Learning through inquiry at Cayuga-Onondaga BOCES
Dry spaghetti is scattered across the floor of a middle school classroom at Cayuga-Onondaga BOCES. Students’ hands are dotted with glue. Compass Program STEM Coordinator Jennifer Wall describes the scene as “organized chaos.” Many of the program’s seventh- and eighth-grade students are testing different glue types and brainstorming best practices for the construction of their pasta bridge.
This is project-based learning. Commonly referred to as PBL, it is a teaching method in which students gain knowledge and skills by working for an extended period of time to investigate and respond to an authentic, engaging, and complex question, problem, or challenge.
There are nearly 30 middle school students in the Compass Program and they have been divided into four groups, based upon their individual interests. Each group has been tasked with a unique challenge including the following:
1. Challenge: Pasta Bridge
Driving Question: Which spaghetti bridge can hold the most weight?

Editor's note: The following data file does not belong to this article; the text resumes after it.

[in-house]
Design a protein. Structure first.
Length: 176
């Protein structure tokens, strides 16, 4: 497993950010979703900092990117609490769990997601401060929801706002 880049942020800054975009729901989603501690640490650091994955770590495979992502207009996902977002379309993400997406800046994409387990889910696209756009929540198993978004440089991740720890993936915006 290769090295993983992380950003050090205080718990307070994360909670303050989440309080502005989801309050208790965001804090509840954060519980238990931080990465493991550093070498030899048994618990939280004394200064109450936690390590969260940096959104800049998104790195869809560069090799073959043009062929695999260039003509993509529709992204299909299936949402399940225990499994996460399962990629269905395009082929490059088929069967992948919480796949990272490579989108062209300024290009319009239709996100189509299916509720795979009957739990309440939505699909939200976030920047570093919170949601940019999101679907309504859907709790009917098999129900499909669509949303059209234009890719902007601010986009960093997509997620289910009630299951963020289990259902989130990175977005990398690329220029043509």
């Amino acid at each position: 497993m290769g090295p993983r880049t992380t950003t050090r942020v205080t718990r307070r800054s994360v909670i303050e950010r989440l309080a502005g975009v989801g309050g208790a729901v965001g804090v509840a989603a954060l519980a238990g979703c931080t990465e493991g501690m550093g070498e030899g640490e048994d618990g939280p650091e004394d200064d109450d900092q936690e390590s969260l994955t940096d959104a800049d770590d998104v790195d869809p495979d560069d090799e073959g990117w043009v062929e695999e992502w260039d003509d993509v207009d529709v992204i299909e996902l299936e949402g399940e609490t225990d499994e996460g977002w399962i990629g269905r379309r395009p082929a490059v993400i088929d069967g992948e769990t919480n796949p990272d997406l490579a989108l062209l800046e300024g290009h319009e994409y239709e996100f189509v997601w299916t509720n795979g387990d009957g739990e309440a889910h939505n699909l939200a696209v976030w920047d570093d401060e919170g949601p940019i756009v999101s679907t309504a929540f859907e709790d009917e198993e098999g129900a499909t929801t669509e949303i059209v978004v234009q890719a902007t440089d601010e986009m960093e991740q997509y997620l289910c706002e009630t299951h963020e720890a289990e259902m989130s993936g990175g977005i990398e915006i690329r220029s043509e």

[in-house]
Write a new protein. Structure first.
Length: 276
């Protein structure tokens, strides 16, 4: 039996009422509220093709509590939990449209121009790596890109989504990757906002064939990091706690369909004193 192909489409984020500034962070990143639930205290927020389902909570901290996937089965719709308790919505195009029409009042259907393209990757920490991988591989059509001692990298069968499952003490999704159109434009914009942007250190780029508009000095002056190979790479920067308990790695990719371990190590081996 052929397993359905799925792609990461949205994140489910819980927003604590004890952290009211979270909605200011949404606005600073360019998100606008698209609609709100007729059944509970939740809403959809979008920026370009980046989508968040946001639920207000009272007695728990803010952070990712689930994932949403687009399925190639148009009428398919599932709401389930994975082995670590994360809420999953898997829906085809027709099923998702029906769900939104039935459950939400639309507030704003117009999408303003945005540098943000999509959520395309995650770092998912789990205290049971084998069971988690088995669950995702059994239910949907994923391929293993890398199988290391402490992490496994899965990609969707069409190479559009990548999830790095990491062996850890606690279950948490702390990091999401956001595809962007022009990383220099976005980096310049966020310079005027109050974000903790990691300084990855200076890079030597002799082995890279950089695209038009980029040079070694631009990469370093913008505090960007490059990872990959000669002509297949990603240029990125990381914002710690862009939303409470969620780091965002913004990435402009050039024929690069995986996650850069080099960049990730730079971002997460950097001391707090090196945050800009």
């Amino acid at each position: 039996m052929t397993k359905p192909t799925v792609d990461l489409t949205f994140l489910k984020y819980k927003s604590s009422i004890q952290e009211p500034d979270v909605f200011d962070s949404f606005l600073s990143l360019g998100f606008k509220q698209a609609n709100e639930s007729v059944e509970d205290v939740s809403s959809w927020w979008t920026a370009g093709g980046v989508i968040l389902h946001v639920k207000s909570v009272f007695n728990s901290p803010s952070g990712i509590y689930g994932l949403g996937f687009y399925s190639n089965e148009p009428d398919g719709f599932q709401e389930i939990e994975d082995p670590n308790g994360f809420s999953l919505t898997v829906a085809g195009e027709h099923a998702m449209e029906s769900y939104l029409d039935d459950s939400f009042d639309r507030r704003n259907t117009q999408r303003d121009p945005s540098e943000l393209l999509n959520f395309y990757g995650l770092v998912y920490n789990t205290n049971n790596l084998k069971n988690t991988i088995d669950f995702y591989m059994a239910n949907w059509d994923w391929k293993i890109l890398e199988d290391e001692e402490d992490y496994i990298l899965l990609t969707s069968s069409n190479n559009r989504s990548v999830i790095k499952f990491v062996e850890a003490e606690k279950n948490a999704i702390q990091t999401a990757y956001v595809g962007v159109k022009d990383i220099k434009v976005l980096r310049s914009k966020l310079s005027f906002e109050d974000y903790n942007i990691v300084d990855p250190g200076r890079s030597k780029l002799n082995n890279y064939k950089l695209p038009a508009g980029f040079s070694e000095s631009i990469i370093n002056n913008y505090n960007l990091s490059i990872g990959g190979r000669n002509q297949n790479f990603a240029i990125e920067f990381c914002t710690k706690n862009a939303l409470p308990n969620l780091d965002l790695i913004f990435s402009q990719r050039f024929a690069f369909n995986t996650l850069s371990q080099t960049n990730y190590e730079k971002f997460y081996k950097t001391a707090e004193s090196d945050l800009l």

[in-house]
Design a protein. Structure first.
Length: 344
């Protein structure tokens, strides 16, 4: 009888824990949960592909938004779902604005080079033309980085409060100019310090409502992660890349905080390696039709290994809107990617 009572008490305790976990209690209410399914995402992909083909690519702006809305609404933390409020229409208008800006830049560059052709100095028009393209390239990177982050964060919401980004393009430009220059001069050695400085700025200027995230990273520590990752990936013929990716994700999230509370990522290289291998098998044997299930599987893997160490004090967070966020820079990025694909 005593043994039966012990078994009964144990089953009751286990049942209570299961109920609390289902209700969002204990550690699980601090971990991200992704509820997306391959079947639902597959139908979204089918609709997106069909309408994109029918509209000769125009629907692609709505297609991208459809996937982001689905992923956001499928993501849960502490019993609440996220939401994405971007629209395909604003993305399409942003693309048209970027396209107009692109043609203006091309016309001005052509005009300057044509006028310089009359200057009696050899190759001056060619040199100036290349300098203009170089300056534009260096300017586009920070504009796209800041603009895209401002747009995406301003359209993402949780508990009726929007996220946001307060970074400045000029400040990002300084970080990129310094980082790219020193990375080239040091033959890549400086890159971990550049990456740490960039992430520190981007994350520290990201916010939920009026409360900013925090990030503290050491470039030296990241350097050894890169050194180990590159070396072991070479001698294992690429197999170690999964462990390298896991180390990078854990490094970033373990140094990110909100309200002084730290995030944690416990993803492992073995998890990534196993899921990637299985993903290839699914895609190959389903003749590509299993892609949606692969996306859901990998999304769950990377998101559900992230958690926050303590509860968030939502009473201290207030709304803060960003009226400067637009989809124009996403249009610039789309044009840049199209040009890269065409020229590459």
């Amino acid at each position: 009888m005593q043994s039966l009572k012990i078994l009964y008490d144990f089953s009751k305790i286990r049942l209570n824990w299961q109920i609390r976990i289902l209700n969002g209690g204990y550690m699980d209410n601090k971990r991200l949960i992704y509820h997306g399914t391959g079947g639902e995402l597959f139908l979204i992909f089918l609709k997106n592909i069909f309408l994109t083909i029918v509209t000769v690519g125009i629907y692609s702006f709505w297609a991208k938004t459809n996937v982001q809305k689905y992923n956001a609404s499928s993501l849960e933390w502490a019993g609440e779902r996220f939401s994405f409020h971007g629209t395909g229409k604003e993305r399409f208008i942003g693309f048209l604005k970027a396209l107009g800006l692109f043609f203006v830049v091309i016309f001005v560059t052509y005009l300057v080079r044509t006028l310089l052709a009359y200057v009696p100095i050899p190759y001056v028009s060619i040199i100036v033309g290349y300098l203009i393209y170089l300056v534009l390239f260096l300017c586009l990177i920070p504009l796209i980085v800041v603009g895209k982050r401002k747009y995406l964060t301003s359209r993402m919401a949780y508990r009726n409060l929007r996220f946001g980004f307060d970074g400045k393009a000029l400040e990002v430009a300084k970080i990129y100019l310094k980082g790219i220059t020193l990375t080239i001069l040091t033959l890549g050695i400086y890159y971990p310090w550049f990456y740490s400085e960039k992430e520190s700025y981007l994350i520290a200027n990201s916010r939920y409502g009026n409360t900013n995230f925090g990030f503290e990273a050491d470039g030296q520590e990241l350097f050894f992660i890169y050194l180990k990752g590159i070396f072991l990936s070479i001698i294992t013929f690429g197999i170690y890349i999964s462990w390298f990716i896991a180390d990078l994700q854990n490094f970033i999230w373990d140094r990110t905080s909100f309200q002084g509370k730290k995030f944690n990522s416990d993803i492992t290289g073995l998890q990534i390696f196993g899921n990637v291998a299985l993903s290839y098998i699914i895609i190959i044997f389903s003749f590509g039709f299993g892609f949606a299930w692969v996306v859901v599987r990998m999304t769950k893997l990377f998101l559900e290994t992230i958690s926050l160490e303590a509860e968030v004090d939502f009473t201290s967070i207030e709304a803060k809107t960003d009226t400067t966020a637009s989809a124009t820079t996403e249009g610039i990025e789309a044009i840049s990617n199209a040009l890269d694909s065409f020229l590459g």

2. Challenge: Pumpkin Tower
Driving Question: How can relatively weak materials be made strong enough to support weight?
3. Challenge: Marble Roller Coaster
Driving Question: How do you design a marble roller coaster, with at least two turns, that keeps the marble on track?
4. Challenge: Robotics
Driving Question: Can you build and program a LEGO robotics EV3 to travel exactly 10 feet and retrieve a block to take back to the starting point?
Each challenge requires students to use math and science to test and determine solutions.
“These projects are all about trial and error,” said Wall. “Through hands-on learning, students must communicate and collaborate with their peers in order to accomplish their goal. They’re gaining skills that will be used throughout their life.”
Students spend 2-3 hours on their challenges each week.
Wall anticipates students will complete their projects toward the end of November.
“Students enjoy the competition aspect of these projects. We’ll soon see which spaghetti bridge, newspaper-constructed tower, and paper towel roll roller coaster is the strongest -- and it will be a lot of fun -- and worth the mess.”
To learn more about Cayuga-Onondaga BOCES’ Compass Program, please contact Principal Drew Yakawiak at email@example.com.